Friday, May 14, 2010

It's all about the flour

All candy is not created equal.

That became painfully obvious during the session's discussions about lifting the sales tax exemption from those sugary treats. Rep. Ross Hunter has a blog post up lamenting the never-ending debate over how to define "candy." It's an important definition because it determines which candy-like items are taxed or not starting June 1.

Hunter alludes to the definition we ultimately adopted, which is the definition established by the Streamlined Sales Tax Board, a national group that works to simplify taxes across state borders. Hunter serves on the board.

Page 124 of the Streamlined Sales and Use Tax Agreement lays it out. Essentially, it comes down to whether the product contains flour.
“Candy” means a preparation of sugar, honey, or other natural or artificial sweeteners in combination with chocolate, fruits, nuts or other ingredients or flavorings in the form of bars, drops, or pieces. “Candy” shall not include any preparation containing flour and shall require no refrigeration.
So that's why Junior Mints will be taxed, but not Nestle Crunch.

You can check out the full list of what's on the candy list here by clicking on the box next to candy and gum sales tax. (Warning: It's a very complete and thorough list arranged by candy manufacturer. Do not read on an empty stomach.).

New grad requirements and fewer school districts?

Maybe, maybe not. Two notable reports came out this week that could be part of major changes in our state's schools.

High school graduation requirements haven't changed since 1984. But dramatic changes are in the works as the State Board of Education comes close to finalizing CORE 24, a new set of graduation requirements that boosts the number of credits from 19 to 24 with students choosing a track that preps them either for college, college and career, or career. Legislators must ultimately approve the changes and are certainly open to feedback about the Board's proposal.

Also in education, the Joint Legislative Audit and Review Committee released its preliminary report on school district size and cost. There are 295 school districts in the state, and some legislators have been questioning whether we should consolidate some of the districts to save money. Such a move isn't without controversy, however, so JLARC's findings will provide some data to help legislators grapple with that question over the coming months.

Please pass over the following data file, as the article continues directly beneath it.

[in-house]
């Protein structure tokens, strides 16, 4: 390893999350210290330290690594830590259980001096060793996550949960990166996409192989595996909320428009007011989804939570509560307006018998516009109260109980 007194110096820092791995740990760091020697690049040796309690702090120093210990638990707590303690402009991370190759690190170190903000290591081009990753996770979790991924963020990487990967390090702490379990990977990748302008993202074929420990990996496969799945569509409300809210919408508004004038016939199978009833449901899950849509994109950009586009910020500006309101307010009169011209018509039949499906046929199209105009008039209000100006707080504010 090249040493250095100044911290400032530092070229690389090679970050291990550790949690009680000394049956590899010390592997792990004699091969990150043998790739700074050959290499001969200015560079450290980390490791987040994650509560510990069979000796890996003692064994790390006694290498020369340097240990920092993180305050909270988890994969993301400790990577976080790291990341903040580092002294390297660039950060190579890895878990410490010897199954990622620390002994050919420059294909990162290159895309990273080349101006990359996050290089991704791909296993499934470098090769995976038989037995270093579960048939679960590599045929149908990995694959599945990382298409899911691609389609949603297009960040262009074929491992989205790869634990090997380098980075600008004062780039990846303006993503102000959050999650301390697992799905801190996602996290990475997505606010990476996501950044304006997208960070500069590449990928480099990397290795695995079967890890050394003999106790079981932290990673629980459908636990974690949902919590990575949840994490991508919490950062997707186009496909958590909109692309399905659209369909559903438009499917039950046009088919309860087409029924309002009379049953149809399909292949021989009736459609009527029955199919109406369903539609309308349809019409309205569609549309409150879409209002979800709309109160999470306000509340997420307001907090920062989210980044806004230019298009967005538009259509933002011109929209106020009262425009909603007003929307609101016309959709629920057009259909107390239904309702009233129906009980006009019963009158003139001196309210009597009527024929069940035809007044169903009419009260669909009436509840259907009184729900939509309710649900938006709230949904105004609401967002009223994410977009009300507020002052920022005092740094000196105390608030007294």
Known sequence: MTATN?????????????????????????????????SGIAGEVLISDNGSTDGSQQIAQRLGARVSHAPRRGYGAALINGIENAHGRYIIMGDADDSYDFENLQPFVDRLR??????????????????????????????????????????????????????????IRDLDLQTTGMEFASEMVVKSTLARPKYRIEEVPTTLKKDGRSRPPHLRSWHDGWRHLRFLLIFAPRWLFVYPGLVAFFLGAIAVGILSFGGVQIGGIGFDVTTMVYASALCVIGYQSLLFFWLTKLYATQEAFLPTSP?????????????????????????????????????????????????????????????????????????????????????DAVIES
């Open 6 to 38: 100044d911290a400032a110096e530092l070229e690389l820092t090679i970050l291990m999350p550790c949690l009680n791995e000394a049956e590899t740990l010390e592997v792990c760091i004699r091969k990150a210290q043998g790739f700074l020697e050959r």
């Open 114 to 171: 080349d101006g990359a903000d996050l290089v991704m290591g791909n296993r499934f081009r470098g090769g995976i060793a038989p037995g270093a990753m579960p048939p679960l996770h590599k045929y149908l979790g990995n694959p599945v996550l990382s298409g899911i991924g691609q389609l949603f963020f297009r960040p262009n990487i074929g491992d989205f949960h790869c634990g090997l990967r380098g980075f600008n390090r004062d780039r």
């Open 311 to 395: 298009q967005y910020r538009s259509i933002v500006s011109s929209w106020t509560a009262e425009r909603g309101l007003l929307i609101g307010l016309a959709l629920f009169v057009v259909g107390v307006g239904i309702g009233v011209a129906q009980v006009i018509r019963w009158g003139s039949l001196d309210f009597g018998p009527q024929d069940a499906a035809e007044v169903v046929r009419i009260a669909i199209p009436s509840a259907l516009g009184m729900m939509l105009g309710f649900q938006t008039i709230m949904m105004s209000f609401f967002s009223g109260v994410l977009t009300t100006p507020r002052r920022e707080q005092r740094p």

Thursday, May 13, 2010

Education focus of today's GMAP meeting

The Governor's office is hosting a one-hour Government Management Accountability and Performance forum today with a focus on education.

You can watch it live now online at TVW. The next forum will be June 16 and cover the American Recovery and Reinvestment Act.

Washington was the first state to implement this kind of a management model on a statewide basis. The Governor and state agencies use GMAP to publicly measure how well they're providing services and meeting performance goals.

UPDATE: Niki from TVW's Capitol Record has a great summary here.

Monday, May 10, 2010

K-12 reform discussions this week in Olympia

Ambitious education reform discussions continue today and tomorrow as the Quality Education Council meets to discuss their work plan for 2010.

The QEC, as those who follow education policy know, is the group formed when we passed HB 2261 in 2009. The group successfully passed the first set of reforms this past session and continues moving ahead until HB 2261 is fully implemented.

Of particular note -
Today at 3, the group will also discuss inclusion of early learning as part of basic education, as well as an overview of the recent McCleary lawsuit and its impacts on the QEC's work. Tomorrow morning the group will check in on the status of the Governor's Race to the Top efforts.

You can watch it live online on TVW and take a look at the meeting materials here.